A few months ago, while browsing a writing forum I belong to–AgentQueryConnect.com–I came across a post by author Jennie Bates Bozic. It contained her “successful query letter”, one that helped her nab an agent. After reading the letter, I remember thinking, “I can’t wait until that book is in print so I can read it myself.”
Last month, I was lucky enough to come across another post by Jennie, this time she was looking for readers to review the very same book in exchange for an honest review. Yes! I love reviewing books, and I hadn’t forgotten DAMSELFLY. I received an ARC (advanced reader copy) from Jennie and I read the entire thing in one sitting. But before I get into my review, here is a brief description of DAMSELFLY from Jennie Bates Bozic’s website:
“In 2065, the Lilliput Project created Lina – the first six-inch-tall winged girl – as the solution to a worldwide energy and food crisis. Isolated in a compound amidst the forests of Denmark, Lina has grown up aware of only one purpose: learn how to survive in a world filled with hawks, bumblebees, and loneliness. However, on the eve of her sixteenth birthday, she discovers that she’s not the only teenager her size. Six “Toms” were created shortly after Lina, and now her creators need to prove to the world that tiny people are the next logical step in human evolution. In other words, they need to prove that reproduction is possible.
Um. No thanks. Lina’s already fallen in love with a boy she met online named Jack. Only he has no idea that thumbelina1847 could literally fit inside his heart.
When her creators threaten to hurt Jack unless she chooses a husband from among the Toms, Lina agrees to star in a reality TV series. Once the episodes begin to air, the secret of her size is out. Cut off from any contact with the outside world, Lina assumes Jack is no longer interested. After all, what guy would want to date a girl he can’t even kiss?
Slowly, very slowly, she befriends the six young men who see her as their only ticket to happiness. Perhaps she can make just one guy’s dream of love and companionship come true. But her creators have a few more twists in store for her that she never thought possible. She’s not the only one playing to the cameras.”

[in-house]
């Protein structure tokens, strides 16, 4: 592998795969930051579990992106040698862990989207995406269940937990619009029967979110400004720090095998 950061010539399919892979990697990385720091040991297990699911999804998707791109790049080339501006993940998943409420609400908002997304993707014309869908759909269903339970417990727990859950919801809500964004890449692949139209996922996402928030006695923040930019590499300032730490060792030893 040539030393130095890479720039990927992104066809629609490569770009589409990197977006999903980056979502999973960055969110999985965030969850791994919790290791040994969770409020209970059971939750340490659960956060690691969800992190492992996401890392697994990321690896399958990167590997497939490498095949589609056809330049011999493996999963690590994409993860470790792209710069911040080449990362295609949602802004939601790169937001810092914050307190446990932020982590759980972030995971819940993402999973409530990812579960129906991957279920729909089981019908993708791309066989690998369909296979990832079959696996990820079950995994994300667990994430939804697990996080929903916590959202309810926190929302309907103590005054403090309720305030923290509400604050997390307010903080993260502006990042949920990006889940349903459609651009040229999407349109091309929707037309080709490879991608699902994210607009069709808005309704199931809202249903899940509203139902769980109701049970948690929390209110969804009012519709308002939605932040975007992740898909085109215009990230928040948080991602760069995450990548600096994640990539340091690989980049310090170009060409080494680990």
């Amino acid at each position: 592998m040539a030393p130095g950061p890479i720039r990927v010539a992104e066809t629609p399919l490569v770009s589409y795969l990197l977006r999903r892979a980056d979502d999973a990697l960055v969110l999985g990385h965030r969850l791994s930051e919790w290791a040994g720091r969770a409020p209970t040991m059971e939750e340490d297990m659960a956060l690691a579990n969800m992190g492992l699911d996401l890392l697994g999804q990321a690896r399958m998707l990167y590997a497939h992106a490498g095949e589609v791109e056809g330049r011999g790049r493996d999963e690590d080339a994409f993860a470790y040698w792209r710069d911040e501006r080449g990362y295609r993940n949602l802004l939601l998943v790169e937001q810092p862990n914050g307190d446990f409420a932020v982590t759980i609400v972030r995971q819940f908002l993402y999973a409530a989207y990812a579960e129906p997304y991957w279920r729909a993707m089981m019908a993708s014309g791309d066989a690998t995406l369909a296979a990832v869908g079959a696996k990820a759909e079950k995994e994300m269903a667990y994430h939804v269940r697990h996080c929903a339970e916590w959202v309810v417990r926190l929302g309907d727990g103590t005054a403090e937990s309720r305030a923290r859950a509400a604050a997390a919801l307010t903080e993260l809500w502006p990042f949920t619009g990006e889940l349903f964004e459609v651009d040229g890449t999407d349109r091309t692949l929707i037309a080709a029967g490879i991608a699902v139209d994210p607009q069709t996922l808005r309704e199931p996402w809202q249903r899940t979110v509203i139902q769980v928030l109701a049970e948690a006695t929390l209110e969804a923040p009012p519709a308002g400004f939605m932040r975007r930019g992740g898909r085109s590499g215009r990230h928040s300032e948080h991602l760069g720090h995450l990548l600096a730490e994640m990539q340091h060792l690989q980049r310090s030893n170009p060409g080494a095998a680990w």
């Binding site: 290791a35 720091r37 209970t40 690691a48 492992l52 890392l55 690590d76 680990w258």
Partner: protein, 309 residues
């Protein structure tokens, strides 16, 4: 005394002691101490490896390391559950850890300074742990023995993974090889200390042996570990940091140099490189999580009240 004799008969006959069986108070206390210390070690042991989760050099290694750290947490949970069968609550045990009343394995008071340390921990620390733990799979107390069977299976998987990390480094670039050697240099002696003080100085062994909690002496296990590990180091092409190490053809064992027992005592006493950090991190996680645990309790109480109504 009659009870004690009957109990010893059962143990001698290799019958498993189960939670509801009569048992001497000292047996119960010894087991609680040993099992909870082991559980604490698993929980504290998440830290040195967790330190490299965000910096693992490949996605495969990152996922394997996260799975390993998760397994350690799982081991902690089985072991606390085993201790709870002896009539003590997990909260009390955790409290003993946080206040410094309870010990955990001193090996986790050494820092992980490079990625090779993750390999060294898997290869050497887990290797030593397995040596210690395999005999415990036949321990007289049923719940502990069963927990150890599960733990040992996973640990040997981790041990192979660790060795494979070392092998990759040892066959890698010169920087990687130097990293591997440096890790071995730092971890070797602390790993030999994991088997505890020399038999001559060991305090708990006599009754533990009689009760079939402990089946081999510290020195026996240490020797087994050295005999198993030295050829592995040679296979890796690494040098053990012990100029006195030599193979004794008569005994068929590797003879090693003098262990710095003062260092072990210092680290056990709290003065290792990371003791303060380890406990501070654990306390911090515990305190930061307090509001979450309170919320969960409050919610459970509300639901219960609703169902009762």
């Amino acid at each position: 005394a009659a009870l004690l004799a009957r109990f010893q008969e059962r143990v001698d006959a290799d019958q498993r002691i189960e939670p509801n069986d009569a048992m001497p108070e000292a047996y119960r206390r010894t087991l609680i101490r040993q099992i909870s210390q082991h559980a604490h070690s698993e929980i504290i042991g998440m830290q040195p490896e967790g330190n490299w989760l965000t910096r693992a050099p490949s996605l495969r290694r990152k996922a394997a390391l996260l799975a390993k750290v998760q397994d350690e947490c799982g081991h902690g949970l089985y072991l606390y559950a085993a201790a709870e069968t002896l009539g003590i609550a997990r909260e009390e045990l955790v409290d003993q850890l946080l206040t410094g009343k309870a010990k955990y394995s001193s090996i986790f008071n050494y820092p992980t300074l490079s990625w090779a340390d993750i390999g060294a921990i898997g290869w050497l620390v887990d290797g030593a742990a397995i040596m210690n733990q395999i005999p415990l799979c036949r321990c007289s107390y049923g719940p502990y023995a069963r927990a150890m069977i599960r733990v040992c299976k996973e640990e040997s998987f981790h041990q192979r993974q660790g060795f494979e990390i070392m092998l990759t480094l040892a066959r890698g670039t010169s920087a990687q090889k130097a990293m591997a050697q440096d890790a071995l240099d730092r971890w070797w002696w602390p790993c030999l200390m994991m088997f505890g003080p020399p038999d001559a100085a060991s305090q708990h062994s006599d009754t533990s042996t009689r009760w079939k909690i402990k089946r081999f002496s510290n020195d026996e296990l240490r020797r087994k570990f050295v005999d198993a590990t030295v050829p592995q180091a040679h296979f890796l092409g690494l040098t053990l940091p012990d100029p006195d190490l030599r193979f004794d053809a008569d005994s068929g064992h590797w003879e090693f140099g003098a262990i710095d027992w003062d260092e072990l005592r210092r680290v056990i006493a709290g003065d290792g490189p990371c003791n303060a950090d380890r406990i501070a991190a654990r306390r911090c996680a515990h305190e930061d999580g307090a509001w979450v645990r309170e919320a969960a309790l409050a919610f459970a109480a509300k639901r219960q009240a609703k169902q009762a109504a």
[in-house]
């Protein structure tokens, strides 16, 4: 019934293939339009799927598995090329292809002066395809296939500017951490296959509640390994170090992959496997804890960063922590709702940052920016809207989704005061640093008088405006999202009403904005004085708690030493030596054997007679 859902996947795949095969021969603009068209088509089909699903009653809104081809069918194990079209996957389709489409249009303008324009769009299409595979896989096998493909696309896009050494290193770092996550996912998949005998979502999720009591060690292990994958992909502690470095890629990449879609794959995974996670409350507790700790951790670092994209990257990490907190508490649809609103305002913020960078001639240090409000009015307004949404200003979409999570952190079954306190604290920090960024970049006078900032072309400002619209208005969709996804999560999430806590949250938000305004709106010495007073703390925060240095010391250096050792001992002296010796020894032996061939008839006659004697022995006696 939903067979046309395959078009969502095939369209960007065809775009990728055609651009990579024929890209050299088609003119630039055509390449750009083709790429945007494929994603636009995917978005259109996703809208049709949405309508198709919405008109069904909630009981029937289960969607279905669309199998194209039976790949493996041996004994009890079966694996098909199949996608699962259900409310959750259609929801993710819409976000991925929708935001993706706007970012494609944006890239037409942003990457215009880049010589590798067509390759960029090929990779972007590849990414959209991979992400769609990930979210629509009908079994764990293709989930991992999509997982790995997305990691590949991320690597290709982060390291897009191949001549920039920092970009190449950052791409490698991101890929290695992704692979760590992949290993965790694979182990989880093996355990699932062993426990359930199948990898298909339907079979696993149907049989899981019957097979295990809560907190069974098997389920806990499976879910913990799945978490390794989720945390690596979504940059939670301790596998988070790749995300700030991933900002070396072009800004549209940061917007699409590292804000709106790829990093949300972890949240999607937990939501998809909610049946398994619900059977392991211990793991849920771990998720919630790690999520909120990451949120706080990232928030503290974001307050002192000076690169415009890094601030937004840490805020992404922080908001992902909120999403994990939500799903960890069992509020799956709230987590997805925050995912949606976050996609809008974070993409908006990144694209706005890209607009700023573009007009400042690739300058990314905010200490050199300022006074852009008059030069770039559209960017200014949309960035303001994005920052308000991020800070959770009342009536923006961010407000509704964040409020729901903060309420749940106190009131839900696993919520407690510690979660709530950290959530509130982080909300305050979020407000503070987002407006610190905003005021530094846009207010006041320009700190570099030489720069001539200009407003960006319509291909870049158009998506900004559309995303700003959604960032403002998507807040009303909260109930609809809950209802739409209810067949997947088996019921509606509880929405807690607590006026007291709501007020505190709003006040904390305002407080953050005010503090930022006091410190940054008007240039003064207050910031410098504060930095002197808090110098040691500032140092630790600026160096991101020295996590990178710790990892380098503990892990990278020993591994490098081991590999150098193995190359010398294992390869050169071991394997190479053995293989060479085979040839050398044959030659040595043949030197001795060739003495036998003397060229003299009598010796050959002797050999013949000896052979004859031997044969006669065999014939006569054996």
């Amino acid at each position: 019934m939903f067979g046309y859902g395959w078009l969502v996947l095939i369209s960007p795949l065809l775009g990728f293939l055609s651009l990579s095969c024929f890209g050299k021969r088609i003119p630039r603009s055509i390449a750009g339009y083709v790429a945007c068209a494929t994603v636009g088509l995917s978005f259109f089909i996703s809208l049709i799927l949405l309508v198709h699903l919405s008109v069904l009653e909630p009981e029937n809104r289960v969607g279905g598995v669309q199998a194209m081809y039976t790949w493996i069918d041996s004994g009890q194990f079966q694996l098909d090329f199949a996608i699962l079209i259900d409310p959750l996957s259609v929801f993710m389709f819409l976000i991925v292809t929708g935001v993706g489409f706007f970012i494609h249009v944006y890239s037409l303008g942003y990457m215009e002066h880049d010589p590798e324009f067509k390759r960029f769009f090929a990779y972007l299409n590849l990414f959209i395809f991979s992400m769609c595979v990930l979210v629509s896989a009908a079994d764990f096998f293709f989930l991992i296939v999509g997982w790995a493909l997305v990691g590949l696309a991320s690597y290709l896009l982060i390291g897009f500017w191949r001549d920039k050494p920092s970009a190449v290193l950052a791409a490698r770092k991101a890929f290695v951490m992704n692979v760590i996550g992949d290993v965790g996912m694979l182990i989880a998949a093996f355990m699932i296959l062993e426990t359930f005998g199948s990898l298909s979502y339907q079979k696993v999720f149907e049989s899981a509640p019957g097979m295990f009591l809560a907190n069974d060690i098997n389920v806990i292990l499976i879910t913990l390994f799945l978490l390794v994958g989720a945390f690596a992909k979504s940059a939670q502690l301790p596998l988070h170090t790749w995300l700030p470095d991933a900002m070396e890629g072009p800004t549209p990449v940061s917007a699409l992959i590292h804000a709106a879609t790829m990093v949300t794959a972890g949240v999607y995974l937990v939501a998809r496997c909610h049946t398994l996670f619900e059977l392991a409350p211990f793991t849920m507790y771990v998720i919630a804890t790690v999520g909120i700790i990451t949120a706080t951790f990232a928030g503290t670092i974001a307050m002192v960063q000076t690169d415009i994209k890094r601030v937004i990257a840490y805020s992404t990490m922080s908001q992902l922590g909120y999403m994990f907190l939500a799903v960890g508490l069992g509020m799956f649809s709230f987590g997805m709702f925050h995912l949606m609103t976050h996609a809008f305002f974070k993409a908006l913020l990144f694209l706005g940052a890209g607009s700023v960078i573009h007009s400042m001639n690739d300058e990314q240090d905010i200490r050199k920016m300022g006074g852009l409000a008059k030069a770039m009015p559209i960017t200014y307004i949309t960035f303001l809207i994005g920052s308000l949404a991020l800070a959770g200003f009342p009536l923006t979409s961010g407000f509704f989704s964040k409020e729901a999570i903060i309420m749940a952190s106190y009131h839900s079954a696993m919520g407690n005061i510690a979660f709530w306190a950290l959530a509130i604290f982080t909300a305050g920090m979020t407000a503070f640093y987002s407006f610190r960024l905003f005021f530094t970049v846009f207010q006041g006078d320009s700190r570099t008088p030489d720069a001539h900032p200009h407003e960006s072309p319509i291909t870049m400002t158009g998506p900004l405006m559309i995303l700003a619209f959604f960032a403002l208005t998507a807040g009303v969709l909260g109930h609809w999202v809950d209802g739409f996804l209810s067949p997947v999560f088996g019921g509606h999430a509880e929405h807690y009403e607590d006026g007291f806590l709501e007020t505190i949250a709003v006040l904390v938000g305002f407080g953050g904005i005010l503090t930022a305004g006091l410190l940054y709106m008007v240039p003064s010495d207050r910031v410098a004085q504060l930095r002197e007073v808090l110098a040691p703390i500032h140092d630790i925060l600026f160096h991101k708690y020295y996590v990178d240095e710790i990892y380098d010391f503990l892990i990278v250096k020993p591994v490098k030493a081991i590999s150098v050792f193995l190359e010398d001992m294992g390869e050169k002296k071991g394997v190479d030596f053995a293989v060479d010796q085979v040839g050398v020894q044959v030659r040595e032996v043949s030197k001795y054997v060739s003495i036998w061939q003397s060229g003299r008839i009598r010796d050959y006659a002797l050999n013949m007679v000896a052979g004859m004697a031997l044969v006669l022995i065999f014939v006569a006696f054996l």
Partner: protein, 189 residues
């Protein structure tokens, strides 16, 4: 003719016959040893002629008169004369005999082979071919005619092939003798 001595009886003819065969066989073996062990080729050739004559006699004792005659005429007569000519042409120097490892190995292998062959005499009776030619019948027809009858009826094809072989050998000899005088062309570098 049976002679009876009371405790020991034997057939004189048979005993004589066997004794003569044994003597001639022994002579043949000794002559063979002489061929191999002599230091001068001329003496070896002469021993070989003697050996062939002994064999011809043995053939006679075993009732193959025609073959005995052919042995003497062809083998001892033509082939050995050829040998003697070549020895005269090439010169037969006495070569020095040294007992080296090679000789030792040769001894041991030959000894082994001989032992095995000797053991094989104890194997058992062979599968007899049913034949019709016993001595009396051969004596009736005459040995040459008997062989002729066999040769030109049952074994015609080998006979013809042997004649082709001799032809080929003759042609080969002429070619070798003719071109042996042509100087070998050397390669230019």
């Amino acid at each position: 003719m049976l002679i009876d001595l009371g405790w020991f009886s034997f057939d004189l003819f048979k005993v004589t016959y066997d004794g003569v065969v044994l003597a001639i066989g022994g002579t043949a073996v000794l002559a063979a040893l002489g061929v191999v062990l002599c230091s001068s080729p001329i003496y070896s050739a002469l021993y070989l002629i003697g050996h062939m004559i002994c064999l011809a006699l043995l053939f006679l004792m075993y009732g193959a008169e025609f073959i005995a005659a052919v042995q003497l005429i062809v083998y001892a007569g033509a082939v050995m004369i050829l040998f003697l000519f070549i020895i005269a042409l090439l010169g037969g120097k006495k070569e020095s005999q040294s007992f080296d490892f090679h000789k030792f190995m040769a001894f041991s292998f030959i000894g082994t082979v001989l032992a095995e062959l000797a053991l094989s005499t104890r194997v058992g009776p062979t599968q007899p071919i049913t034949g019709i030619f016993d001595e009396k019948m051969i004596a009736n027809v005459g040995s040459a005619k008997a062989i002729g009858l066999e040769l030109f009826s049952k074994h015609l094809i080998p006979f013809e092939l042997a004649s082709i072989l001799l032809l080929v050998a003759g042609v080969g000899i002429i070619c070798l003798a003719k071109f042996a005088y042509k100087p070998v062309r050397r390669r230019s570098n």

What appealed to me on the outset was how unique it sounded: One part Thumbelina, one part futuristic sci-fi, one part reality TV, and one part young romance all rolled into one. I didn’t know how it was all going to work, but I was fascinated.
DAMSELFLY doesn’t disappoint, it jumps right in, sucking you into Lina’s world and personal struggles in a way that anyone can relate to (note: the book is intended for young adults and I am a grown woman with teenagers…it didn’t matter, I could understand Lina’s frustration, wants, and needs).
Her online relationship with Jack is told in a series of flashbacks that weave well into the rest of the story. They meet in a virtual reality chat room, where Lina appears wingless and the same size as everyone else. She and Jack fall in love in a believable series of encounters where their close friendship develops into romance. Lina never summons the guts to tell him she’s a tiny 6-inch girl with wings. I mean, who could? It’s too wild for anyone to believe. Before she can confess to Jack about her size and true nature, she is cut off from all contact with him.
Lina is then outed on an international reality TV show Jack will probably see. She’s forced to take part in a matchmaking program where she must choose to marry one of six “Toms” she’s presented with. While she’s intrigued to meet other boys her age, that have wings and are her size, she can’t forget Jack or get over him easily, yet she’s reconciled to the idea that he probably now knows about her smallness and would no longer be interested in her. I like the scenes involving the show because they seemed to poke fun a bit at this kind of programing, making a point of how contrived and fake they can be, which amused me.
There is some science involved in the story, but nothing to overwhelm a reader, and while there aren’t too many details about how or why this future is the way it is, there isn’t anything missing by not having it all explained. However, there is a little bit of a disconnect when it comes to how much poverty and starvation is in the world compared to how much money is being spent on the Lilliput Project and the reality TV show, which is never explained and could have used more clarity, even if just to say, “People have their priorities messed up.” My only other disappointment in the story in general is my wish, as a reader, that Lina had spent more time with each “Tom”, so we could know them better. The story only focuses on a few, so it was hard to understand their characters as much as I would have liked. Despite my minor criticisms, I enjoyed the book a great deal. I found it engrossing and impossible to put down. A lot happens that is unexpected, and there are some interesting twists at the end that (hopefully) leave room for sequels, which I would read with enthusiasm.
DAMSELFLY is scheduled for release on November 11, 2013.